The Annals of Applied Probability

A Wiener–Hopf Monte Carlo simulation technique for Lévy processes

A. Kuznetsov, A. E. Kyprianou, J. C. Pardo, and K. van Schaik

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We develop a completely new and straightforward method for simulating the joint law of the position and running maximum at a fixed time of a general Lévy process with a view to application in insurance and financial mathematics. Although different, our method takes lessons from Carr’s so-called “Canadization” technique as well as Doney’s method of stochastic bounds for Lévy processes; see Carr [Rev. Fin. Studies 11 (1998) 597–626] and Doney [Ann. Probab. 32 (2004) 1545–1552]. We rely fundamentally on the Wiener–Hopf decomposition for Lévy processes as well as taking advantage of recent developments in factorization techniques of the latter theory due to Vigon [Simplifiez vos Lévy en titillant la factorization de Wiener–Hopf (2002) Laboratoire de Mathématiques de L’INSA de Rouen] and Kuznetsov [Ann. Appl. Probab. 20 (2010) 1801–1830]. We illustrate our Wiener–Hopf Monte Carlo method on a number of different processes, including a new family of Lévy processes called hypergeometric Lévy processes. Moreover, we illustrate the robustness of working with a Wiener–Hopf decomposition with two extensions. The first extension shows that if one can successfully simulate for a given Lévy processes then one can successfully simulate for any independent sum of the latter process and a compound Poisson process. The second extension illustrates how one may produce a straightforward approximation for simulating the two-sided exit problem.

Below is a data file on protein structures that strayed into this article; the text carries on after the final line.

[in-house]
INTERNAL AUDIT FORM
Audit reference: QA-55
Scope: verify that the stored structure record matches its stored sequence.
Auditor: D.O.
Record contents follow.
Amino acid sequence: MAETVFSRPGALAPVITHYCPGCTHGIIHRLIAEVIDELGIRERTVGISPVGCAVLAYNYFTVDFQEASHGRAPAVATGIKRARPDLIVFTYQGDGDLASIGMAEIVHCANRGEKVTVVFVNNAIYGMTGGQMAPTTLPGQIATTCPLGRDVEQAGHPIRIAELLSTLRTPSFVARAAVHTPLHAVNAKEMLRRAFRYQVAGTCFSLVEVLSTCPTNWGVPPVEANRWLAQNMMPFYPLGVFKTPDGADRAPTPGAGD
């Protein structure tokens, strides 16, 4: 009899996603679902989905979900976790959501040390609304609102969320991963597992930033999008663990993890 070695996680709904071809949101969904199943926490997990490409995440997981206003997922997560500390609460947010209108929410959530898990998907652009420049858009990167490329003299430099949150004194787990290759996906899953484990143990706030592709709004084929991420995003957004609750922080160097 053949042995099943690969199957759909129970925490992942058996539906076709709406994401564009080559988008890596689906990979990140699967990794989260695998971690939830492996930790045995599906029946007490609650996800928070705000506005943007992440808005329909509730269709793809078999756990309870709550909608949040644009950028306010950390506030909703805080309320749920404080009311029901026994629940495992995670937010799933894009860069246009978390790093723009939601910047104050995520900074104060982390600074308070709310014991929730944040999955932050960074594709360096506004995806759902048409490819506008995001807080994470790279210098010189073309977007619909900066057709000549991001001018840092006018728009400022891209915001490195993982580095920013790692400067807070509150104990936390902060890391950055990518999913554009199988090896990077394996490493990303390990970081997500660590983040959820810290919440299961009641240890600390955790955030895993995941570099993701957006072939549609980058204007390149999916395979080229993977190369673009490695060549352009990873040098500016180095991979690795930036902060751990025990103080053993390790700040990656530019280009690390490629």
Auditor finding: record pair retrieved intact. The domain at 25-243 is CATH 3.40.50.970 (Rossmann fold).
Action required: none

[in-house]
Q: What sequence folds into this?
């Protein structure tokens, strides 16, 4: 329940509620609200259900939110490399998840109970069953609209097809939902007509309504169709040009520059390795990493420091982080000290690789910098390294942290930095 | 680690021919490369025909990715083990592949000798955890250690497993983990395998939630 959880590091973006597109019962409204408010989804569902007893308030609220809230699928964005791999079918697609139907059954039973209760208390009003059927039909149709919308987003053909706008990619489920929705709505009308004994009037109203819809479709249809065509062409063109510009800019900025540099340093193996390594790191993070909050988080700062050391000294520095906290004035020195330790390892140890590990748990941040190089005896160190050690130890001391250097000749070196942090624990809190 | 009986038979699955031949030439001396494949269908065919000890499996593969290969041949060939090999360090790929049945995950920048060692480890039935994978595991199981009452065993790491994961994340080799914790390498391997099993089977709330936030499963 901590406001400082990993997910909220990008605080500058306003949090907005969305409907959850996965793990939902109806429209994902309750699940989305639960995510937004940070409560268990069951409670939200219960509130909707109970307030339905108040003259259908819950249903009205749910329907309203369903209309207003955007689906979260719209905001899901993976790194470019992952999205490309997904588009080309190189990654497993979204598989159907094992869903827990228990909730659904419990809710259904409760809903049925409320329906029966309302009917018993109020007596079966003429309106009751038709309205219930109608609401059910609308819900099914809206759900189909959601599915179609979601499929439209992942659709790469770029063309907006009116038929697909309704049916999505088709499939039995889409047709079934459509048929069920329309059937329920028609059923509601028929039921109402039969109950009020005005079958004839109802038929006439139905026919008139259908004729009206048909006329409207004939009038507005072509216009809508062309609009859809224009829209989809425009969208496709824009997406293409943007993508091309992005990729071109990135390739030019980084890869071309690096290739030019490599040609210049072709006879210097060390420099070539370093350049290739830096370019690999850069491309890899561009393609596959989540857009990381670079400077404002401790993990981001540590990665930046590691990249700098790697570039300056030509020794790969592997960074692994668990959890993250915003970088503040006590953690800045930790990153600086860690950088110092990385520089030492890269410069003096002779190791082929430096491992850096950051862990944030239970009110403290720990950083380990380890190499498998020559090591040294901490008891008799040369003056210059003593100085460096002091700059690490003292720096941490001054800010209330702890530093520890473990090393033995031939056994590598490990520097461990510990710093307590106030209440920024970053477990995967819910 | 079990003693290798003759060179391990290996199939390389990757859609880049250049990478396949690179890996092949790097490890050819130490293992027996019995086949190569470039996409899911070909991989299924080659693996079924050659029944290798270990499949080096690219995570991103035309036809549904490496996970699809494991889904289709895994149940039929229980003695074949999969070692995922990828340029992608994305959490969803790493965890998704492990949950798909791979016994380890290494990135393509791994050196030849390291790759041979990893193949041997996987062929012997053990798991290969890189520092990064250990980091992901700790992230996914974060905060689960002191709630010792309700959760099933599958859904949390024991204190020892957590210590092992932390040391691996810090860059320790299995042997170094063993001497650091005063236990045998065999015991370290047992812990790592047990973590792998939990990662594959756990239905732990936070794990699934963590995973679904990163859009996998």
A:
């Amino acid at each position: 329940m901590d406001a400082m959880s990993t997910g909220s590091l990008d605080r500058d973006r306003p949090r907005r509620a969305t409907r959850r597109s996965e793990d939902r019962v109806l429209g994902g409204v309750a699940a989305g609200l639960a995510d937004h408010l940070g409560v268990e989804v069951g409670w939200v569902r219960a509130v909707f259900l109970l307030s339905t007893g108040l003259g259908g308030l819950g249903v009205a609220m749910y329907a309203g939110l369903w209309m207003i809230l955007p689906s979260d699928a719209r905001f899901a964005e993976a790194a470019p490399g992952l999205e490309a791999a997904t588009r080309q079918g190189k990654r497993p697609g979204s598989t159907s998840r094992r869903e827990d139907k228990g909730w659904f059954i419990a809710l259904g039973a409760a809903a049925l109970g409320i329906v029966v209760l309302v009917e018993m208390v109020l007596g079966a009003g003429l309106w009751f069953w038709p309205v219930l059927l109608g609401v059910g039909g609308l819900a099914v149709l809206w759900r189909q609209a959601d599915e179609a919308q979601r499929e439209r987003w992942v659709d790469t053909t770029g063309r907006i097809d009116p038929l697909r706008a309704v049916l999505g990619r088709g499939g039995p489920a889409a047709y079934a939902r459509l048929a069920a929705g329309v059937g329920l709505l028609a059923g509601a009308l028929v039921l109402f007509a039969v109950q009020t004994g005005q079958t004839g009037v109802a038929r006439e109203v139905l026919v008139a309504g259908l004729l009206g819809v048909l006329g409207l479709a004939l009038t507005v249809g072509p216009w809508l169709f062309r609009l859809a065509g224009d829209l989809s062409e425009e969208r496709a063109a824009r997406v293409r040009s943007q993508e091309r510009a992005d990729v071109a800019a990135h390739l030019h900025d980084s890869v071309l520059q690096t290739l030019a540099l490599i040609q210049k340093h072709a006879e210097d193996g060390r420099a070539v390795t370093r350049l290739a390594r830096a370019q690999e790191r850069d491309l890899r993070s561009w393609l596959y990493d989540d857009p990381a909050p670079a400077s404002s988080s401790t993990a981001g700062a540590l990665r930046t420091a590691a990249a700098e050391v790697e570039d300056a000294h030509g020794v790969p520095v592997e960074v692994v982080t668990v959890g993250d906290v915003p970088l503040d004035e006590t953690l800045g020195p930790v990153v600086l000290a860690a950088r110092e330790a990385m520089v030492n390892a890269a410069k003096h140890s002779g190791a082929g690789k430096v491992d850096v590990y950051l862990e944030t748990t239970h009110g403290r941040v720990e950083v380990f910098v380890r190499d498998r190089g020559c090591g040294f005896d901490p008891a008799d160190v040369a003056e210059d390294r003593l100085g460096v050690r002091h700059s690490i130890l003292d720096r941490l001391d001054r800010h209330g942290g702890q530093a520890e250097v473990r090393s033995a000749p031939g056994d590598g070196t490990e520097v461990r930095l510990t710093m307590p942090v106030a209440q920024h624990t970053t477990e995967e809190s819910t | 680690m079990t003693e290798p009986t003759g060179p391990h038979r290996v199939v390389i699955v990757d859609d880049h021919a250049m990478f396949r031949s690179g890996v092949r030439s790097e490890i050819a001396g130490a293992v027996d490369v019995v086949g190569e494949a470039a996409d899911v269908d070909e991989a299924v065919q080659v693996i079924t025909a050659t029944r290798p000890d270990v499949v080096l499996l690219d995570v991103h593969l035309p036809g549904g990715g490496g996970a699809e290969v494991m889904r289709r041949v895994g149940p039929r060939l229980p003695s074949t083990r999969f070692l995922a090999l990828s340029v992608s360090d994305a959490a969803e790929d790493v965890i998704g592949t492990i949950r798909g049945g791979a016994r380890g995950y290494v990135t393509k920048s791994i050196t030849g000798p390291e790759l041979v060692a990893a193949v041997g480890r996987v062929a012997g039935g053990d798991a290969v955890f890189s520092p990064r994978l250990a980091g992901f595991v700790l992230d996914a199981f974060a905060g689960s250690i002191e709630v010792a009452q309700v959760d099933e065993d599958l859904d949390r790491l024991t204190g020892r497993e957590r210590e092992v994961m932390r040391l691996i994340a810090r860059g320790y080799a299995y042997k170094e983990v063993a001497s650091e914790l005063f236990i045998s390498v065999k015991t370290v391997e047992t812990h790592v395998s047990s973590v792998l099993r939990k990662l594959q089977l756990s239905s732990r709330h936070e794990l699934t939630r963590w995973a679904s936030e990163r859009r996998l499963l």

Article information

Ann. Appl. Probab., Volume 21, Number 6 (2011), 2171-2190.

First available in Project Euclid: 23 November 2011

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Zentralblatt MATH identifier

Primary: 65C05: Monte Carlo methods 68U20: Simulation [See also 65Cxx]

Lévy processes exotic option pricing Wiener–Hopf factorization


Kuznetsov, A.; Kyprianou, A. E.; Pardo, J. C.; van Schaik, K. A Wiener–Hopf Monte Carlo simulation technique for Lévy processes. Ann. Appl. Probab. 21 (2011), no. 6, 2171--2190. doi:10.1214/10-AAP746.

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